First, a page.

In this Dimension, Mother and Baby Units are the standard way of treating severe perinatal mental illness in the UK.  The Government had invested enough money to ensure that there was an MBU in every region of the UK - including Wales, Northern Ireland, the South West and Highlands and Islands.  This couple were fortunate: their local MBU was just a ten minute drive away.  It had an international reputation for the quality of its care.

Maya patiently explained what would happen next.  They would all drive over to the MBU, for assessment by the psychiatrist.  They would likely be admitted, as a bed was available.  John was very nervous, but he felt reassured by the midwife's kind words, and the written information she gave him to digest later.

They rang the bell of the MBU: from the outside, it looked like a slightly-larger-than-average family home.  It had colourful paintwork and a well-stocked garden.  Other than the double-locked entranceway, there was little indication that this was an acute psychiatric facility. They were greeted by a staff nurse, who showed them into a comfortable sitting room.  Susan, by this stage increasingly agitated, was encouraged to sit in a nursing chair and she used the pillows to prop herself up and continue breastfeeding while the doctor came in.

"I'm Dr Brown.  But please call me Matthew."
Matthew shaked their hands and sat next to the mum.  
"From what I have seen so far, it looks like you may be suffering from postpartum psychosis.  But Susan, please don't worry: you will get better here.  And you and Jacob can stay here as long as you like until you are better."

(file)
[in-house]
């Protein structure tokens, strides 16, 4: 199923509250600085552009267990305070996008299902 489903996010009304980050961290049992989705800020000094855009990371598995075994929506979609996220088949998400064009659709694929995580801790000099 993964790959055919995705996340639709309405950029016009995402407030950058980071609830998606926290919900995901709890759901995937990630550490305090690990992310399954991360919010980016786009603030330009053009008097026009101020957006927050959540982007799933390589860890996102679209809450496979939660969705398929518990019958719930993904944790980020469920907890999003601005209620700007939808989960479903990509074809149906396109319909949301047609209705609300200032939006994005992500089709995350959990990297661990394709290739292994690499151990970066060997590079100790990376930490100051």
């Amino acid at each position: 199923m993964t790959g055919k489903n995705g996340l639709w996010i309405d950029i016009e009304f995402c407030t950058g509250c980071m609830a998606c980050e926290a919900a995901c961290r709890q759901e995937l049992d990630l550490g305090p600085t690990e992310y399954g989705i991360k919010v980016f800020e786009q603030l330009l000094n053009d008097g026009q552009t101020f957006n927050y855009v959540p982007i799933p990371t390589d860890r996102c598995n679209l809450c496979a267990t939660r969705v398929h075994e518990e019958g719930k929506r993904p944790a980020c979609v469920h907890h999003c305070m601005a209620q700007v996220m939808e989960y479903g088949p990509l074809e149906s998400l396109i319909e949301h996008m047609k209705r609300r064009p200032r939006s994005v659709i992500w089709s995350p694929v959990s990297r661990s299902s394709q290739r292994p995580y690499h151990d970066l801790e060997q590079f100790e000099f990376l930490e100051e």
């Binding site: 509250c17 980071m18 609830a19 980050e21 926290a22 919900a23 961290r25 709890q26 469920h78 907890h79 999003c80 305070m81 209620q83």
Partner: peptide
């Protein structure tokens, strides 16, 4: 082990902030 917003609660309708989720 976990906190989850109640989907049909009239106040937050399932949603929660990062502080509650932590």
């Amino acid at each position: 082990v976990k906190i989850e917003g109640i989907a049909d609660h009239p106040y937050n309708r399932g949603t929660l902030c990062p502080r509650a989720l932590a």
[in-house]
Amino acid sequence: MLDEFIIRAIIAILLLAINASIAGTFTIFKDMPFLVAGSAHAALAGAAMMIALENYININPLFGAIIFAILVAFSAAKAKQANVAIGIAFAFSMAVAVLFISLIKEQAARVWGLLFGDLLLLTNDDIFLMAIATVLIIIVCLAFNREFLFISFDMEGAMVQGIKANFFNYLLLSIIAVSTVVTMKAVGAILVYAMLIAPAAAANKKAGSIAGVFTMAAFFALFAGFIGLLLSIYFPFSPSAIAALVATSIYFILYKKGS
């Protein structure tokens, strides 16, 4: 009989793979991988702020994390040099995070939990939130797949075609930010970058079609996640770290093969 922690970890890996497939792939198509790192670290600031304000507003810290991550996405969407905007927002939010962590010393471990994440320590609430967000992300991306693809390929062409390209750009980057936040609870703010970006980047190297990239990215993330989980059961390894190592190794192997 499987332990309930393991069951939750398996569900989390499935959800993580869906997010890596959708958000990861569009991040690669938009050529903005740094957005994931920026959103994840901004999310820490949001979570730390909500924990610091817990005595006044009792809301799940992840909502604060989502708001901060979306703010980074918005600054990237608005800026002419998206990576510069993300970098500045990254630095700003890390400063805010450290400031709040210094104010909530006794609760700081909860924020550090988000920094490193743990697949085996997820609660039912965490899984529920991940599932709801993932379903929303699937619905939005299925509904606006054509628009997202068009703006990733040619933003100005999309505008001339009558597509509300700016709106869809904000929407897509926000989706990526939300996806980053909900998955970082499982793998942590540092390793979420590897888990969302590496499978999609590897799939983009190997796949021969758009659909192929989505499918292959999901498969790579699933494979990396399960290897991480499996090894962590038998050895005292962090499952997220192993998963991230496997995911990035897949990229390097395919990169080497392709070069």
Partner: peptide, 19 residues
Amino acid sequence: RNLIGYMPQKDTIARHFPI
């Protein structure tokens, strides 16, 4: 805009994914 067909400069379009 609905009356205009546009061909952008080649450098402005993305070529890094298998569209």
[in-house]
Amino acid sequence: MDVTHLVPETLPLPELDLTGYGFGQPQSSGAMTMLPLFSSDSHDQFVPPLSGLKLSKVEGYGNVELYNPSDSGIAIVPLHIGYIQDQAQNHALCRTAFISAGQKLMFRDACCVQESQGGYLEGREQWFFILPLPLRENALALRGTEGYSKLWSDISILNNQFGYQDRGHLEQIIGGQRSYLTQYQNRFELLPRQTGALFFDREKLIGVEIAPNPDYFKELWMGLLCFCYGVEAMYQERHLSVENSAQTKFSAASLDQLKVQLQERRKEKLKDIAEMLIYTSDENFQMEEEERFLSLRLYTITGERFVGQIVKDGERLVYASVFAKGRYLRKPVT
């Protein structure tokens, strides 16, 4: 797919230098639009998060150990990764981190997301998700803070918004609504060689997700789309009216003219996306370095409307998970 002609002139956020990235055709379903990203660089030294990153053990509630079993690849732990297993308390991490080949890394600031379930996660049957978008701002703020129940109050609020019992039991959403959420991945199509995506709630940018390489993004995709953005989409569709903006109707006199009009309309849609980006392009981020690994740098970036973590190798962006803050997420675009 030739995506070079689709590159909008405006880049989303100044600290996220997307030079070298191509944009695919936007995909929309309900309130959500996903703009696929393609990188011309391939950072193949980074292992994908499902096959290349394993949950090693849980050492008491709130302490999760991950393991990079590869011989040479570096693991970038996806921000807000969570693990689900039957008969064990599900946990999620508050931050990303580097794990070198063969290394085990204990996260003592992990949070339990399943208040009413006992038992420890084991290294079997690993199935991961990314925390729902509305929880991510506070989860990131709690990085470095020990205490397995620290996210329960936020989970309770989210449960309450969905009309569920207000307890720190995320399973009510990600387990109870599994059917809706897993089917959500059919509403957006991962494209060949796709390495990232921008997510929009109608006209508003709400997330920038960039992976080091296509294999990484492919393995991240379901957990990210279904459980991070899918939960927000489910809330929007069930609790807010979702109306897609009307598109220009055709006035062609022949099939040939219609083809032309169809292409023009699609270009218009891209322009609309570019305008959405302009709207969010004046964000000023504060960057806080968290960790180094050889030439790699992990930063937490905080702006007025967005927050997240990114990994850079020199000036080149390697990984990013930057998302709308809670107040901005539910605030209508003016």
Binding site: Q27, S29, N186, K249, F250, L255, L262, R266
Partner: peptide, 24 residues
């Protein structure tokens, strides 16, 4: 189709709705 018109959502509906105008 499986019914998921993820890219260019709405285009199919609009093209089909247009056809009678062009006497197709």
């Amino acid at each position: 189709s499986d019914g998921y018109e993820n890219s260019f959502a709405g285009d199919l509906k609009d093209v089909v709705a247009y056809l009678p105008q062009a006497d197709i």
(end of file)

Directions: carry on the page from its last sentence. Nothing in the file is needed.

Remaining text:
"Here comes nurse Sarah, to give you the tour and help you settle in".

The young nurse Sarah took Susan by the hand, and showed her around the Unit.  

"You've already seen the sitting room, where we tend to hang out in the evenings.  Quite often the mums like a nice "adult" space away from all the baby stuff.  Here we can stick the telly on, or listen to music.  We've got a great DVD stash. 

"And just down here is the nursery.  We've got everything you might want for Jacob: toys, books, playmats, bouncers.  Don't worry if you've forgotten anything - we've had a lot of donations from former residents over the years, we can always find clothes to fit or toys you are looking for.  Here are the nursing chairs, and you see our resident Yolanda over there? She's using one of our hospital-grade breast pumps.  Our breastfeeding counsellor comes in every day, and she can show you how to use it if you like?

"We've also got the baby sleep zone: you'll see some of the babies sleep in there, so their mums can get a full nights rest.  It's all monitored and of course if Jacob is in there you can pop in and check on him whenever you like."

Sarah opened various brightly painted doors: to the baby changing station, the milk storage room, and the resident's kitchenette (with tea and coffee maker, toaster and microwave).  There was a beautiful dining area with French doors out to the garden.  On the large oak table was a big bowl of fruit, and pots of jam one of the mums had made in the OT cooking class.  Some of the residents were sat outside on the patio chairs, drinking tea.  Their babies were rolling around on picnic blankets.